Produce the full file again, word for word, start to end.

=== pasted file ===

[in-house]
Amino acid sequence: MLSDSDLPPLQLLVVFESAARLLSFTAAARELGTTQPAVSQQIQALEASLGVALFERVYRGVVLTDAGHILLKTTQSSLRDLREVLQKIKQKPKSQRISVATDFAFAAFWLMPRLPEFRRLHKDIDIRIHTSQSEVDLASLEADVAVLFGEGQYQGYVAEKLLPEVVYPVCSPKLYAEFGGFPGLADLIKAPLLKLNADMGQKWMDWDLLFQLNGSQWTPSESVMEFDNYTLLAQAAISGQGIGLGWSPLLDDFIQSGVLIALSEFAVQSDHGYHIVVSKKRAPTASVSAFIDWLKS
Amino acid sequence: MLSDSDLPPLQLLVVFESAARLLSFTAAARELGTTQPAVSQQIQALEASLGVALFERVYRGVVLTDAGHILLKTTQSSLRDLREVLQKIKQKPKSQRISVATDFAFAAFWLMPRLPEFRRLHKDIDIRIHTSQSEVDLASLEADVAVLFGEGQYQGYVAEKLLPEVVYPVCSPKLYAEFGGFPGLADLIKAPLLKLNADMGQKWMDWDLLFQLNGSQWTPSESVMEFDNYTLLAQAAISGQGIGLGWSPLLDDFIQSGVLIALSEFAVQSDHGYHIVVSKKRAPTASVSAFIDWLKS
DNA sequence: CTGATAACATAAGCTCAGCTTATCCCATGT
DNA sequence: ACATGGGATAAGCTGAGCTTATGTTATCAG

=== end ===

[in-house]
Amino acid sequence: MLSDSDLPPLQLLVVFESAARLLSFTAAARELGTTQPAVSQQIQALEASLGVALFERVYRGVVLTDAGHILLKTTQSSLRDLREVLQKIKQKPKSQRISVATDFAFAAFWLMPRLPEFRRLHKDIDIRIHTSQSEVDLASLEADVAVLFGEGQYQGYVAEKLLPEVVYPVCSPKLYAEFGGFPGLADLIKAPLLKLNADMGQKWMDWDLLFQLNGSQWTPSESVMEFDNYTLLAQAAISGQGIGLGWSPLLDDFIQSGVLIALSEFAVQSDHGYHIVVSKKRAPTASVSAFIDWLKS
Amino acid sequence: MLSDSDLPPLQLLVVFESAARLLSFTAAARELGTTQPAVSQQIQALEASLGVALFERVYRGVVLTDAGHILLKTTQSSLRDLREVLQKIKQKPKSQRISVATDFAFAAFWLMPRLPEFRRLHKDIDIRIHTSQSEVDLASLEADVAVLFGEGQYQGYVAEKLLPEVVYPVCSPKLYAEFGGFPGLADLIKAPLLKLNADMGQKWMDWDLLFQLNGSQWTPSESVMEFDNYTLLAQAAISGQGIGLGWSPLLDDFIQSGVLIALSEFAVQSDHGYHIVVSKKRAPTASVSAFIDWLKS
DNA sequence: CTGATAACATAAGCTCAGCTTATCCCATGT
DNA sequence: ACATGGGATAAGCTGAGCTTATGTTATCAG